The Japanese banking system is one of the best and most reliable in the world. Expats banking in Japan have a variety of international and local banks to choose from. This makes opening an account an easy process.
However, expats may be surprised to learn that Japan remains a largely cash-based society. Most transactions are done in cash and credit cards are usually reserved for very large purchases. Luckily, it's quite safe to walk around with a considerable amount of cash, although the usual precautions should always be taken.
The local currency is the Japanese Yen, usually abbreviated to JPY or ¥. It's one of the most traded currencies in the world, alongside the US Dollar and the Euro.
The Japanese Yen is available in the following denominations:
Notes: 1,000 JPY, 2,000 JPY (increasingly rare), 5,000 JPY and 10,000 JPY
Coins: 1 JPY, 5 JPY, 10 JPY, 50 JPY, 100 JPY and 500 JPY
Banking in Japan
Both local and international banks offer a range of services to expats in Japan, with the most prominent local banks being Mitsubishi, Japan Post Bank, Mizuho and Sumitomo banks, while international banks in Japan include CitiBank, HSBC and Barclays.
Opening a bank account
Expats can open a bank account quite easily at any of the local or international banks once they have their Zairyu Card (residence card). It may also be necessary for expats to bring along their passport and visa, but this depends on the bank.
It's highly recommended that expats get a hanko, an official stamp with their name in characters, before opening a bank account. In Japan, the hanko is the equivalent of a Western signature and it will make life much easier. Although a hanko isn't required at all Japanese banks, there have been reports of debit orders being rejected because the signature on the permission form does not match the signature on the bank’s records exactly.
Banking hours in Japan are generally from 9am to 3pm Monday to Friday. Most banks are closed on weekends and public holidays.
Most banks don’t require a minimum deposit amount to open an account. Interest rates on normal bank accounts are generally also quite low. Not all banks have English-speaking staff or English service offerings, such as for online banking. Expats should shop around to find the best bank suited to their particular needs.
ATMs and credit cards
ATMs never used to be open after 11pm, with many maintaining normal business hours. However, an increasing number are now operational 24/7. Many ATMs in Japan don’t accept foreign-issued bank cards. If located outside of Tokyo it's helpful to write down the important characters in order to be able to use the ATM, as not all machines have English options.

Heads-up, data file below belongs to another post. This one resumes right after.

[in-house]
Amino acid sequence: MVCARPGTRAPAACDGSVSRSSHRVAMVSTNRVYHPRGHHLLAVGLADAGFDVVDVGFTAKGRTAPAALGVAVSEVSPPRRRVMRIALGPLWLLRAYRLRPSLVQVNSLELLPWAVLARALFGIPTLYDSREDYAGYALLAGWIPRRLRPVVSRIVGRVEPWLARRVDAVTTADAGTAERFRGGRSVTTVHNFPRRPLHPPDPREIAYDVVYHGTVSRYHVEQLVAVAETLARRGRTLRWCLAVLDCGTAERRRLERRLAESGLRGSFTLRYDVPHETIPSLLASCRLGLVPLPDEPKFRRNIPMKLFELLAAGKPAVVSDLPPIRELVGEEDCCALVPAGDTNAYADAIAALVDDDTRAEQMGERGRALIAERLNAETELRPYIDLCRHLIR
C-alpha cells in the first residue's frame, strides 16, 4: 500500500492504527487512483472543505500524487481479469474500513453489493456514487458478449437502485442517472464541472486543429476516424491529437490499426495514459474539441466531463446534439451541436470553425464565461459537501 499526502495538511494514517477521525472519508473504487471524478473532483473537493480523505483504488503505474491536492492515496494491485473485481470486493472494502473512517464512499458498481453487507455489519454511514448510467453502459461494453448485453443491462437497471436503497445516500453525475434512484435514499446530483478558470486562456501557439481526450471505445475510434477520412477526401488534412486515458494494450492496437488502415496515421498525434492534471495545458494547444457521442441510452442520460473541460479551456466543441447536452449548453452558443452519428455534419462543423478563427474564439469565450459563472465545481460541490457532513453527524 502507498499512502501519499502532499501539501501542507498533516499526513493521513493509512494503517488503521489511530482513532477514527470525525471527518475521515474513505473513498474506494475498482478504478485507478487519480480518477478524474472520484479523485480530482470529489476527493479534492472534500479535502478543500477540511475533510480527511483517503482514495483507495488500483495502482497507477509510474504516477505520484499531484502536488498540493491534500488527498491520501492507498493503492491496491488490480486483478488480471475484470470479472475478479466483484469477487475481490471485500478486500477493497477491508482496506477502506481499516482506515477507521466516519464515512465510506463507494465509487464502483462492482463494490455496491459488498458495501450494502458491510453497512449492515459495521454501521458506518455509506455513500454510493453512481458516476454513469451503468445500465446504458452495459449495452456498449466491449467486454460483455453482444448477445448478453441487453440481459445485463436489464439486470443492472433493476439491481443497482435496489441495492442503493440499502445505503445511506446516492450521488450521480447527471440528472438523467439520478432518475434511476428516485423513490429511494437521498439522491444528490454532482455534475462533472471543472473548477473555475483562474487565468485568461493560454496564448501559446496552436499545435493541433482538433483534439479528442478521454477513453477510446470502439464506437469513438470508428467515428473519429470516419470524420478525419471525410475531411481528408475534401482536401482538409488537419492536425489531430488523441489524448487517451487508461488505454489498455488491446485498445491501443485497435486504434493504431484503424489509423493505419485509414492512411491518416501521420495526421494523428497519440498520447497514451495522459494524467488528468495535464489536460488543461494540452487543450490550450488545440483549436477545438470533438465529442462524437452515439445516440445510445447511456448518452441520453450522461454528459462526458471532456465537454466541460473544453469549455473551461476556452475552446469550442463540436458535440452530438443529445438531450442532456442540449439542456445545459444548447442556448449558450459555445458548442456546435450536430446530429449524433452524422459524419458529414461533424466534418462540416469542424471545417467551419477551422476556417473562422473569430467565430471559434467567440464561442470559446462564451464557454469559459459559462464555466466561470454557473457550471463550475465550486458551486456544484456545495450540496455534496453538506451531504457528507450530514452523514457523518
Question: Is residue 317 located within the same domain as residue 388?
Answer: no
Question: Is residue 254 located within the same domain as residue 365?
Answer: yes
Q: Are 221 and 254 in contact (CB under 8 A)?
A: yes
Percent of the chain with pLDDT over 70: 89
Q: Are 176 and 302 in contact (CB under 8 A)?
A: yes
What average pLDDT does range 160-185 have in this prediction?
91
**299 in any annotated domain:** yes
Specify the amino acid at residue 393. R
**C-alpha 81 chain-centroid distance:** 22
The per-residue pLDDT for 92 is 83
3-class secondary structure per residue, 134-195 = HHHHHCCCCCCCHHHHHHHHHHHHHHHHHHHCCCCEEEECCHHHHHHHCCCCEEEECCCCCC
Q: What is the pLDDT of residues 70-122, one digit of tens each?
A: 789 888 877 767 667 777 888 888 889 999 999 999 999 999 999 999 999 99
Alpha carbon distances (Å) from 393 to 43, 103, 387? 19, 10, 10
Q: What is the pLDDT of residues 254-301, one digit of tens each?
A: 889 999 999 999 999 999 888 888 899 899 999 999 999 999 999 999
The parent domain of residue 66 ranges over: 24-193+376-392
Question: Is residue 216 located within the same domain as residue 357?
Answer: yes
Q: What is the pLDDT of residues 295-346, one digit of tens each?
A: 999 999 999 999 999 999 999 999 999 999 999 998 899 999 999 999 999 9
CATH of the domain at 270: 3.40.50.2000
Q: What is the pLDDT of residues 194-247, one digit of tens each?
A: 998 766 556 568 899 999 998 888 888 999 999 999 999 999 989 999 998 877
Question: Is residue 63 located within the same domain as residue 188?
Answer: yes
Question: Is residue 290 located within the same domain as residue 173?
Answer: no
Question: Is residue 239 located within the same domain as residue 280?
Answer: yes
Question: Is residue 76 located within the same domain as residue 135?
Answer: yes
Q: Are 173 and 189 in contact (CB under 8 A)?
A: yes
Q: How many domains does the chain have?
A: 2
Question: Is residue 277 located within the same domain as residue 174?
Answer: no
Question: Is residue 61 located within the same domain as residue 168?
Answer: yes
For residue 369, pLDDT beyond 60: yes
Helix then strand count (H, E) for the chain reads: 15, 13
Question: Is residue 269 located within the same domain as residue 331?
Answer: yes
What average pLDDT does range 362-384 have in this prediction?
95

As mentioned, Japan remains a largely cash-based society and credit cards are not a popular means of payment. Nevertheless, credit cards are accepted at most large hotels, restaurants and retailers.
Taxes in Japan
Expats will be required to pay two types of tax while in Japan – income tax, which is usually worked out as a percentage of one’s salary (ranging from five percent to the maximum 45 percent), and the annual resident tax, which depends on where an expat lives. The resident tax is worked out on an annual basis and is only applicable if living in Japan for longer than a year.
A person's tax residency status is determined by a number of factors, with tax residents liable for paying tax on their worldwide income and non-resident taxpayers only liable for tax on their income earned in Japan. It's a good idea to see a tax advisor on arrival in Japan, as the tax system is quite complicated and can change at short notice. There might also be a treaty between one’s home country and Japan which could affect the taxes payable.
►Find out about the cost of expat life in Japan in Cost of Living in Japan.
Are you an expat living in Japan?
Expat Arrivals is looking for locals to contribute to this guide, and answer forum questions from others planning their move to Japan. Please contact us if you'd like to contribute.
Expat Health Insurance
With 86 million customer relationships in over 200 countries, Cigna Global has unrivalled experience in dealing with varied and unique medical situations and delivering high standards of service wherever you live in the world.
Sirelo has a network of more than 500 international removal companies that can move your furniture and possessions to your new home. By filling in a form, you’ll get up to 5 quotes from recommended movers. This service is free of charge and will help you select an international moving company that suits your needs and budget.